Thorndale Park garden honors memory of local man who died young
Matt Weed was a local website developer and amateur vidoegrapher who died of a rare type of leukemia last July at age 40. It was out of the blue - the disease was only detected after he had complications from wisdom-teeth surgery, and then it struck fast.
Shocked and saddened family and friends, including his 7-year-old daughter Eve, are carrying on his memory with a flower garden at Thorndale Park.
“It's a beautiful way to move through the hurt,” said Tiffany Freeman, Eve's mother, who joined the planting effort last weekend.
The idea came from Cris Stoddard, a friend of Matt's and, like Tiffany, a Westsider. “It's our way of being able to memorialize him,” she said. “He was very much into gardening. This is a way to sit and talk to him.”
Others in the initial planting group were Tiffany's father Edward and her sisters, Sophia and Samantha.
The flowers are in a brick-lined triangle of soil, about 400 square feet in size, at the southeast corner of the park. Until 2003, City Parks would grow flowers there every summer - as they did in numerous medians and other such park plots around town - but that practice ended after 2003 because of city budget cuts. Since then, such locations have been available for planting by volunteer groups or individuals most years through “Springs in Bloom,” a program in which the city provides flowers (892 for Thorndale), a planting design, fertilizer and water.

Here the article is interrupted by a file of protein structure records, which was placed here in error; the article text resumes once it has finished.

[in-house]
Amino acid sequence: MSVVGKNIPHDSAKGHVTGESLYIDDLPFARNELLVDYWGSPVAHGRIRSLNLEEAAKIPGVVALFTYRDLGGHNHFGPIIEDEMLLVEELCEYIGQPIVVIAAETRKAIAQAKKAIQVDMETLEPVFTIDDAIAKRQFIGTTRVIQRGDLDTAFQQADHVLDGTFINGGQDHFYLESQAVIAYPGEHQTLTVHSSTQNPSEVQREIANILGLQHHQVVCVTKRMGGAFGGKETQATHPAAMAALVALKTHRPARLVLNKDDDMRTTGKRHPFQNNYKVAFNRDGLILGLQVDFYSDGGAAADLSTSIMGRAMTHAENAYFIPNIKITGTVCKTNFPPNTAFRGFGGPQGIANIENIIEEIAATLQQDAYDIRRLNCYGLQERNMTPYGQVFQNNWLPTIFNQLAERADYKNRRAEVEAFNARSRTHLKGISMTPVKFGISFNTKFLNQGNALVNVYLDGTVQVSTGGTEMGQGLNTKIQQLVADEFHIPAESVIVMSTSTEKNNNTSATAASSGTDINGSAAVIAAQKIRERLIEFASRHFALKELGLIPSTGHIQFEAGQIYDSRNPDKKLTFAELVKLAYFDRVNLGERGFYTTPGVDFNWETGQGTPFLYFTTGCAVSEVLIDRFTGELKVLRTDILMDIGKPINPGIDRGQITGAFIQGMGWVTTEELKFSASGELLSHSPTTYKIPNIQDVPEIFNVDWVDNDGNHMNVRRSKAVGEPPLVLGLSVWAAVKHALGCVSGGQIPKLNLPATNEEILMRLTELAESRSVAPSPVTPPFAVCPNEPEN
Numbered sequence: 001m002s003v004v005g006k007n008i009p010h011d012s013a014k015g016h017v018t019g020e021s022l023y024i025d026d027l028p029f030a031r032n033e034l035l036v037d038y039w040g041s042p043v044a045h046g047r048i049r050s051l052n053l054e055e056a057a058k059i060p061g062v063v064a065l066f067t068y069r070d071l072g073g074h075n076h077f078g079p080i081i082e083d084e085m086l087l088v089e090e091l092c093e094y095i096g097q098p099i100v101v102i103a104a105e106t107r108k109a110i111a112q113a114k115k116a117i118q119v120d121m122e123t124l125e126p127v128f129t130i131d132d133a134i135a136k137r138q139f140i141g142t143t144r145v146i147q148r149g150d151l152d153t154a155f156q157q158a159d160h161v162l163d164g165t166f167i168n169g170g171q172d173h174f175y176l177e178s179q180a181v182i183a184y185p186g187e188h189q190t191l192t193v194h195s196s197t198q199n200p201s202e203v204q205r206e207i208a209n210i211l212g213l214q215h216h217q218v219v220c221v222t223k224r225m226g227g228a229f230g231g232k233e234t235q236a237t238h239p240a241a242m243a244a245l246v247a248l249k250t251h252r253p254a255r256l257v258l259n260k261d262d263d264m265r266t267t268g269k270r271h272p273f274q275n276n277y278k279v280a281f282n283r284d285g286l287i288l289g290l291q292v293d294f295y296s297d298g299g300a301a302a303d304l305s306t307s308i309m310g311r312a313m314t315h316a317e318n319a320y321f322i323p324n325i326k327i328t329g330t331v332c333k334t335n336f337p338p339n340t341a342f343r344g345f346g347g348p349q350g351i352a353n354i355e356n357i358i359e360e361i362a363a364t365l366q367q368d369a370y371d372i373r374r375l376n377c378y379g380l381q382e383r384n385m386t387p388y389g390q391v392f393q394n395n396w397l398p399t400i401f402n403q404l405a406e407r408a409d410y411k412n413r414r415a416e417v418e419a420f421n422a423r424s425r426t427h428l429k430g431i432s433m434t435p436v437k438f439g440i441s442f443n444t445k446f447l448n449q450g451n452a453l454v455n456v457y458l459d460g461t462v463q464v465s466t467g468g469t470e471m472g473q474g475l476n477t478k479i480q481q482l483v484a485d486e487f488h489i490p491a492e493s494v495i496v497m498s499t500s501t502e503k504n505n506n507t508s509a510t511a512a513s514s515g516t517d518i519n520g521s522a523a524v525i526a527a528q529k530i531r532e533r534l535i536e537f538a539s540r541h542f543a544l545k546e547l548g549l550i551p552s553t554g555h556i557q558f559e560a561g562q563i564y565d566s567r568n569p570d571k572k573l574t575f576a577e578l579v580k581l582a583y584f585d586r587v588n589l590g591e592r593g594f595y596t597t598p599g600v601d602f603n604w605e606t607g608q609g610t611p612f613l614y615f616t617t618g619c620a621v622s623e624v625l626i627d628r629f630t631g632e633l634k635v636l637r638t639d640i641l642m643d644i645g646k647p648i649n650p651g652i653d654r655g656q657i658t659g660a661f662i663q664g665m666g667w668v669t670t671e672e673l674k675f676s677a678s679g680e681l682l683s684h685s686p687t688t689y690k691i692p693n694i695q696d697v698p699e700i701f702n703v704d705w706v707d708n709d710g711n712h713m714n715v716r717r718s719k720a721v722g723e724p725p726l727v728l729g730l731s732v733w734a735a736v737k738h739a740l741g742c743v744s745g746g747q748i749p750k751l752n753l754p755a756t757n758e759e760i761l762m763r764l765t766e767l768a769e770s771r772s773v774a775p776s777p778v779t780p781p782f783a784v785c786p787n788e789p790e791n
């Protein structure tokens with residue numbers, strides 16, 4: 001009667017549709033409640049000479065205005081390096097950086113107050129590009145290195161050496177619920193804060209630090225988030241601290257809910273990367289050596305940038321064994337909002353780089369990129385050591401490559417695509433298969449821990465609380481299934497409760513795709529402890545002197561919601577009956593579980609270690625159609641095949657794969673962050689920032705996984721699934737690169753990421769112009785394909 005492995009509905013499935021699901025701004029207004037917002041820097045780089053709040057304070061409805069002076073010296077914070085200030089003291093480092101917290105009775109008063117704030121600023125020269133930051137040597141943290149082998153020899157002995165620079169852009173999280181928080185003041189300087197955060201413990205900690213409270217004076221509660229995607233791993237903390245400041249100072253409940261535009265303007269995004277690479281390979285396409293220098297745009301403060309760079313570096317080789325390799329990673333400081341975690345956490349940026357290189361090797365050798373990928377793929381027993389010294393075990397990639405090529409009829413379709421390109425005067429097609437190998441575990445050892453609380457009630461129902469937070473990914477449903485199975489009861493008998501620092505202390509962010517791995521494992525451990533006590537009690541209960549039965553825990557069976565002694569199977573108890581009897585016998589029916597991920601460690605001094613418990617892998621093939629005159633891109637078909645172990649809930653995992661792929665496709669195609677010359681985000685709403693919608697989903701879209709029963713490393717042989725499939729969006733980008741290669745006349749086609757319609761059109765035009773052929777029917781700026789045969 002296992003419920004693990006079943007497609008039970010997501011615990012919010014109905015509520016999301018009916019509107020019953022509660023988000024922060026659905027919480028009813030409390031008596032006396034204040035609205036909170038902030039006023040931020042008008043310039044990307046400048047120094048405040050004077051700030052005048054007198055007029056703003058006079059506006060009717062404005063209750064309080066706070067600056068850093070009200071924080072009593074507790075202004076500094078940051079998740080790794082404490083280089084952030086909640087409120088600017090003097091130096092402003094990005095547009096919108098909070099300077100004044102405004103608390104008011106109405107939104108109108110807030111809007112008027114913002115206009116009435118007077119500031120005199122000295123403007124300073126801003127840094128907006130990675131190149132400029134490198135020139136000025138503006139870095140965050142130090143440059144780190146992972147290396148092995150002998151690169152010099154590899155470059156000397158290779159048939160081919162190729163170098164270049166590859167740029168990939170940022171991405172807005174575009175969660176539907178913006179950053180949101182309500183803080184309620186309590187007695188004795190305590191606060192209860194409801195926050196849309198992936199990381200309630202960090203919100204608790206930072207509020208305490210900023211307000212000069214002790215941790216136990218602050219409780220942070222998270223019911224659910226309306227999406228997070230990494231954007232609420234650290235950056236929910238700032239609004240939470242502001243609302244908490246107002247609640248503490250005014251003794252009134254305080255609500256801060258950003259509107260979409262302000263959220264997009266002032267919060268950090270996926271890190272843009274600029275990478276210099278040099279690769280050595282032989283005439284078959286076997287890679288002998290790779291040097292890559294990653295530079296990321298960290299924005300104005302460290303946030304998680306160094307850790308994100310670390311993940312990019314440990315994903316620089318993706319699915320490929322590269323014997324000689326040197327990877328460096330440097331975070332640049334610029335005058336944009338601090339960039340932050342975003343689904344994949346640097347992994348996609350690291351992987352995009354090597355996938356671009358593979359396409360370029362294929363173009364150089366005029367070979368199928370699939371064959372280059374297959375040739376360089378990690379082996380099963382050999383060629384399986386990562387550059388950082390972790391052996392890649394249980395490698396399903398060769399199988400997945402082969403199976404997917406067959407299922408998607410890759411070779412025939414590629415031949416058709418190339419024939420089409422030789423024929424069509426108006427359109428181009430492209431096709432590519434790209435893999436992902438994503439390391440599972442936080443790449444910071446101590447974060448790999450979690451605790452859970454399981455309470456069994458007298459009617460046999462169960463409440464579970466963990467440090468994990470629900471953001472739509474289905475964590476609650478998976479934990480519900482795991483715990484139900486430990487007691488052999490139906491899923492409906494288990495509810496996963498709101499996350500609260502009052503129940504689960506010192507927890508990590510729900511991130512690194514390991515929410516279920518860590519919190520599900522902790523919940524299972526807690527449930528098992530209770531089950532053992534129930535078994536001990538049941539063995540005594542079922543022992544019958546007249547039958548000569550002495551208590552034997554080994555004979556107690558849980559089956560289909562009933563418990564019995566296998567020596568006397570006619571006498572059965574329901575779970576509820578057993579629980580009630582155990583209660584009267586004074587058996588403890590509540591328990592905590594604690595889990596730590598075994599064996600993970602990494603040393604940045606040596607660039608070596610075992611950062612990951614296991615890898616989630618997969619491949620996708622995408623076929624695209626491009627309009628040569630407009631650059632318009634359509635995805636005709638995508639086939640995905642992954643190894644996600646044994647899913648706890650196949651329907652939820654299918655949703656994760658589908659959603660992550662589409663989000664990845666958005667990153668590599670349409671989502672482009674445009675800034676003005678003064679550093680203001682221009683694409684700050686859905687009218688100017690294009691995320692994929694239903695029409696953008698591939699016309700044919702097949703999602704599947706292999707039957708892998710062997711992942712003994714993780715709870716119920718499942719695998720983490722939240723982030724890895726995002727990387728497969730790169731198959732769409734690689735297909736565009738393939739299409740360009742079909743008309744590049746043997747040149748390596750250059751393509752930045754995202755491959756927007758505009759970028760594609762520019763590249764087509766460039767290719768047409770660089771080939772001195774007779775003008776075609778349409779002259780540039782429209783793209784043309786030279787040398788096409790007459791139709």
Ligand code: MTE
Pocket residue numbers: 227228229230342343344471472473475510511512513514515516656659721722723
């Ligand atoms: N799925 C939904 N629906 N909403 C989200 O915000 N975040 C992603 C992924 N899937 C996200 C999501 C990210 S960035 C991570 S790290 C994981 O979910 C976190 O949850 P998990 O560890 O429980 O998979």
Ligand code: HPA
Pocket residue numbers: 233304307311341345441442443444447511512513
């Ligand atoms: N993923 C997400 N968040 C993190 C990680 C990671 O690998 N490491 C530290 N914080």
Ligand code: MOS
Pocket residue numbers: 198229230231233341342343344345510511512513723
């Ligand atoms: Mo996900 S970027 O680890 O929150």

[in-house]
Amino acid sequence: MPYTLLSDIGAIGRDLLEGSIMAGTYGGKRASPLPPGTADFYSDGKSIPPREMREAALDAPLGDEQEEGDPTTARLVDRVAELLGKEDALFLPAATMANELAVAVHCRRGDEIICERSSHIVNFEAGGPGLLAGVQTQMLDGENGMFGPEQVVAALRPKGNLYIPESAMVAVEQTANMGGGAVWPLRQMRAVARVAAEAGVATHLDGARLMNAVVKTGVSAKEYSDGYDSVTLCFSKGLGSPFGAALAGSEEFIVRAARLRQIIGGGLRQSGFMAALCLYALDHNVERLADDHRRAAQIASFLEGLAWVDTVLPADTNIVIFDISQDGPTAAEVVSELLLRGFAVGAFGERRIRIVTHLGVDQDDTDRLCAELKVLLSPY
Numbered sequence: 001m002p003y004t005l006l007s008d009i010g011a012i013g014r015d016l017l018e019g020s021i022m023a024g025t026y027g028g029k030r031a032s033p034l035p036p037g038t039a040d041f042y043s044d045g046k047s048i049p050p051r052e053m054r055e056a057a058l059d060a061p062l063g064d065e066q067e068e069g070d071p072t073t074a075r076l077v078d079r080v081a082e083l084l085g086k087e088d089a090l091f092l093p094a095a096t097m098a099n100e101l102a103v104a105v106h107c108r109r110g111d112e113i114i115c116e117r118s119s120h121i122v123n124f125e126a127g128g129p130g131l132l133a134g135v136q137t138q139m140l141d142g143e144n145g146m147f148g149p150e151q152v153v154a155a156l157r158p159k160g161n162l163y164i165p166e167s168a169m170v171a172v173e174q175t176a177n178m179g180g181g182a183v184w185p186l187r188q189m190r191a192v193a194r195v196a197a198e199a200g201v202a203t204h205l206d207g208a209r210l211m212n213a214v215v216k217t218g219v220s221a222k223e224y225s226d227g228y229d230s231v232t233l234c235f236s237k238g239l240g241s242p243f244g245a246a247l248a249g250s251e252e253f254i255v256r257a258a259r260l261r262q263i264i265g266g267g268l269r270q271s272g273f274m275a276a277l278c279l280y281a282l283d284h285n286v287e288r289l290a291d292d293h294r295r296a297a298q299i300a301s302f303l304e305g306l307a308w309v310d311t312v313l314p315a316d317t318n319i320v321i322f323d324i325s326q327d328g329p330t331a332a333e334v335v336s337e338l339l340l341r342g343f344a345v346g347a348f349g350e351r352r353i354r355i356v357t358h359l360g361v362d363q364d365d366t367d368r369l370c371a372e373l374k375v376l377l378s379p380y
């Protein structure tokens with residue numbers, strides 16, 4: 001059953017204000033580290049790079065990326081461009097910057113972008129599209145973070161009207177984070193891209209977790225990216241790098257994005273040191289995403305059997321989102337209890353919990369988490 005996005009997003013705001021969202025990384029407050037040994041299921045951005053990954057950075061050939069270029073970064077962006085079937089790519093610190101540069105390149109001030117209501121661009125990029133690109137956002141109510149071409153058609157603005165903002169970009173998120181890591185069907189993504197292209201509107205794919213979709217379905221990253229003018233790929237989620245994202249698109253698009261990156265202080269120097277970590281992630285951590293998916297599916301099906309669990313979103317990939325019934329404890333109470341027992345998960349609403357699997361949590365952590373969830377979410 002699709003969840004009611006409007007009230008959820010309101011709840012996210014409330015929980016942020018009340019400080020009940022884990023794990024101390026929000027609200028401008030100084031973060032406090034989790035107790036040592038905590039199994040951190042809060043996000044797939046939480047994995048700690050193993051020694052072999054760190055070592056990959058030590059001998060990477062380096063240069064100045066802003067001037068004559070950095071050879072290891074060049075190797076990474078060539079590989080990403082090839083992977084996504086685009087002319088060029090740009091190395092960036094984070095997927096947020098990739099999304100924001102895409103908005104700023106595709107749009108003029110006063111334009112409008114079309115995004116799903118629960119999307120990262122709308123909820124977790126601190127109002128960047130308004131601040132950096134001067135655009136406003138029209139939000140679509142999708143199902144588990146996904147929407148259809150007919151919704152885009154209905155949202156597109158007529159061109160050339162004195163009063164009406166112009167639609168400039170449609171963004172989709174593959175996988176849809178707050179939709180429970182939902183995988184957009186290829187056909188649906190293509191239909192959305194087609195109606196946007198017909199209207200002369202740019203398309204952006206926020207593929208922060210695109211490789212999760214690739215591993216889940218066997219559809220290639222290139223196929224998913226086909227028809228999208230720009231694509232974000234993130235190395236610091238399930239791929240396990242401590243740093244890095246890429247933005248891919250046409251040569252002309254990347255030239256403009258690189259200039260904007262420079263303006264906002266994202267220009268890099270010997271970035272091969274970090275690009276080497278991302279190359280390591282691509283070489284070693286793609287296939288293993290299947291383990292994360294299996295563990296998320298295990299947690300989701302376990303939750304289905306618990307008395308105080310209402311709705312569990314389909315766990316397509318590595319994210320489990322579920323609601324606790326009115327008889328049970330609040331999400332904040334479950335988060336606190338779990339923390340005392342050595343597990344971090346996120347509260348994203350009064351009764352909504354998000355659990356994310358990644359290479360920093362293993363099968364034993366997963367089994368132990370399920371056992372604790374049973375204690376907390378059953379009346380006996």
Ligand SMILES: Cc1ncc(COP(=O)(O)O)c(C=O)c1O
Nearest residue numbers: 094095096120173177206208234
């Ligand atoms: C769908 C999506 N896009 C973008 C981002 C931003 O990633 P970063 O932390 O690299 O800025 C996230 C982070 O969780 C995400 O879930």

Growing memorial flowers at the site continues a tradition, although the new group was unaware of that history. Since “Bloom” started in '04, the plot had been maintained by “The Family and Friends of Genny” (led by Mark and Karen Sucharski) in remembrance of their daughter, Genny Sucharski, who had died in a car crash after her freshman year in college. The Sucharskis recently moved from the area.
Donna Sanchez, who manages Springs in Bloom, said the Sucharskis (aided by Genny's grandparents, Tom and Lee Gray) did a commendable job. “Even the year we weren't funded, they put in flower barrels,” she said.
Perusing the city's Springs in Bloom website, Stoddard initially had hoped for a downtown plot, near where Matt had lived. When that didn't work out, she was happy that Thorndale was available. “Look at these beautiful trees,” she said. “Matt would dig this.”
His daughter seemed to approve as well. When Eve saw the city-erected sign that reads “In Memory of Matt Weed,” she went up and hugged it. Stoddard recalled her words: “Daddy would like to be with us.”
Westside Pioneer article